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How advice firms are dealing with vulnerable clients

16 October 2019

Vince Smith-Hughes, director of Specialist Business Support, looks at the results of a survey by Prudential into how advice firms assess and work with vulnerable clients.  

Prudential conducted adviser research in 2018 which included how they work with vulnerable clients, It generated some interesting statistics.

Nearly three out of four firms have specific rules for advising vulnerable clients, and half train staff to spot signs of cognitive impairment.

More than two out of five firms (43%) say they monitor for signs of unusual or concerning behaviour among clients, while 14% say they will refer clients showing signs of cognitive decline to specialist advisers.

More than a quarter (27%) of firms insist all clients aged 75 and over are seen with a third-party present, with 15% imposing a general rule that clients over 80 should have a third-party present.

These statistics are encouraging, but I think we all need to challenge ourselves as to where improvements can be made. The whole issue of later life planning is becoming more and more of an issue for advisers, as people live longer. Also, let’s not forget that following the introduction of pension freedoms, we’ve seen more people in drawdown, and many of these will stay in drawdown for longer.

Not just later life clients

Notwithstanding what I have just said, one common misconception is that people often think of vulnerable clients as those in later life. This, of course, is sometimes true, but there are many forms of vulnerability; let’s remind ourselves of the FCA definition: a vulnerable consumer is someone who, due to their personal circumstances, is especially susceptible to detriment, particularly when a firm is not acting with appropriate levels of care.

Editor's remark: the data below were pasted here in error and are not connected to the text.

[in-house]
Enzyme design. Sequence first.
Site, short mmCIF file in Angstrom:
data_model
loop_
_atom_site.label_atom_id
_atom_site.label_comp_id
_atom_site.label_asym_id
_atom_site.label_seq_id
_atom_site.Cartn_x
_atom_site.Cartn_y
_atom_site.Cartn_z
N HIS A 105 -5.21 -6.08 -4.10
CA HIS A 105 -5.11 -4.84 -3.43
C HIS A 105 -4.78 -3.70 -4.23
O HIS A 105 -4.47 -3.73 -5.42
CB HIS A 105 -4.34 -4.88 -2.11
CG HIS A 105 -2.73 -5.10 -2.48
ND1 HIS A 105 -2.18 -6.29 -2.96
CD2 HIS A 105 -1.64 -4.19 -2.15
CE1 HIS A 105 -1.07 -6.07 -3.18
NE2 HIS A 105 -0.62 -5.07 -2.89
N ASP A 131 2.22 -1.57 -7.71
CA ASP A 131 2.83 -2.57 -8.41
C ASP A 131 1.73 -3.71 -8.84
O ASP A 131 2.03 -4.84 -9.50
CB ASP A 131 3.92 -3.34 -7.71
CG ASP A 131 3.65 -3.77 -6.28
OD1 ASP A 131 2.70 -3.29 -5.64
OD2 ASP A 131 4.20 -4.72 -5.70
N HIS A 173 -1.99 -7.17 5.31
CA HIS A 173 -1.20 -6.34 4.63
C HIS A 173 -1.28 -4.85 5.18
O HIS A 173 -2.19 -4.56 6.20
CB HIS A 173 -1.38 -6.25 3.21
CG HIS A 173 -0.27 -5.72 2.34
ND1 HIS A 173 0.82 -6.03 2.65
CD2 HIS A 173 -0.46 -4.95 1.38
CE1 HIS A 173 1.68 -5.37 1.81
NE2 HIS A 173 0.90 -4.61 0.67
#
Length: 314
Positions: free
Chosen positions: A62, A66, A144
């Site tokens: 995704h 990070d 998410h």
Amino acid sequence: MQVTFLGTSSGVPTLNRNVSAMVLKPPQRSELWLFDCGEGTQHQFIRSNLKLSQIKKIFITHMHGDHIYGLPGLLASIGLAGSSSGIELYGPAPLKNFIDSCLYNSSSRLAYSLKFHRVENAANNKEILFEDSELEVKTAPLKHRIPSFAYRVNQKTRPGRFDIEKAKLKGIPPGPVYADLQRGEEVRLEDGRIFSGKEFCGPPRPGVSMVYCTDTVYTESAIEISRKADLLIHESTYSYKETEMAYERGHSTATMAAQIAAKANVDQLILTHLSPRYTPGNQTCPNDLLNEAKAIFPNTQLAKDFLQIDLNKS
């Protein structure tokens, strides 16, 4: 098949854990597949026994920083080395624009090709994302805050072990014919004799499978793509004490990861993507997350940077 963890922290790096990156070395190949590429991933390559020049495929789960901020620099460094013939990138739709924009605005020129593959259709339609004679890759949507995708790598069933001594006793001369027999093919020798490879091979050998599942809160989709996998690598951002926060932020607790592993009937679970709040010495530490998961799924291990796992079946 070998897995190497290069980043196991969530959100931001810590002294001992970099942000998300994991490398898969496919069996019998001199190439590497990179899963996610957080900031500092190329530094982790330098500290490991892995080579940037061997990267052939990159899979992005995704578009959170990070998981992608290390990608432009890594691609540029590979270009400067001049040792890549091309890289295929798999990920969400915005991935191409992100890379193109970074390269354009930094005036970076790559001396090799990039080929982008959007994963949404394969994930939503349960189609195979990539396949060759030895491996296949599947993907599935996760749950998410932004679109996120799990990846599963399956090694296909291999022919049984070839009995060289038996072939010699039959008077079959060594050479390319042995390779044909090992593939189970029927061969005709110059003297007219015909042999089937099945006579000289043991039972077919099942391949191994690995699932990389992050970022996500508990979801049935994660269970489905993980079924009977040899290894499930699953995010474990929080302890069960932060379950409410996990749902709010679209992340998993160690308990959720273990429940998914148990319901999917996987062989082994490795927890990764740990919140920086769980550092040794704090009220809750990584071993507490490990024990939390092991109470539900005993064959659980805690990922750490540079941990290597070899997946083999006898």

So, for example, someone who is in significant debt and therefore susceptible to situations that could boost their short-term cash flow at the risk of their long-term financial well-being, should clearly be regarded as vulnerable.

It’s also clearly (and rightly so) a major issue with the FCA. In guidance consultation GC19/3 issued in July, the FCA has asked the profession for feedback on proposed new guidance for the treatment of vulnerable customers.

Importantly, the FCA sees dealing with vulnerable customers as very much something that should be embedded in the culture of firms.

The draft guidance has three sections:

  • Understanding the needs of vulnerable consumers
  • Ensuring staff have the skills and capabilities needed
  • Translating that understanding into taking practical action

One particularly useful table from the document is under 2.7, and is replicated below. Importantly, though, the FCA reaffirms the point that the categories are not exhaustive or definitive.

Table 1: The four key drivers of vulnerability (the examples included in the table are not an exhaustive list)

To highlight the potential scale of the issue, the FCA references the financial lives survey from 2017, which indicates half of UK adults (25.6 million people) display one or more characteristics of being potentially vulnerable.

Given the length and breadth of issues around potentially vulnerable customers, the guidance does not provide a checklist of required actions, but rather provides options in which the principles can be adopted. A high-level view of an expected process from the same paper though is below.

I’d strongly endorse those who haven’t had the opportunity to look at this document, to do so, as there is a wealth of useful information here. It can be accessed here:

As I mentioned above, a client can be vulnerable for all sorts of reasons. However, one of the more common situations many advisers will have faced, is unfortunately when they are dealing with clients with dementia. This can be extremely difficult for all parties. It’s for this reason we were delighted to sponsor the My Care Consultant guide entitled Dealing with clients across the spectrum from Normal Cognitive Ageing through to Dementia – a practical guide for financial advisers.

For those looking for further information for dealing with vulnerable customers, the Personal Finance Society has produced an excellent guide, which can be accessed here:

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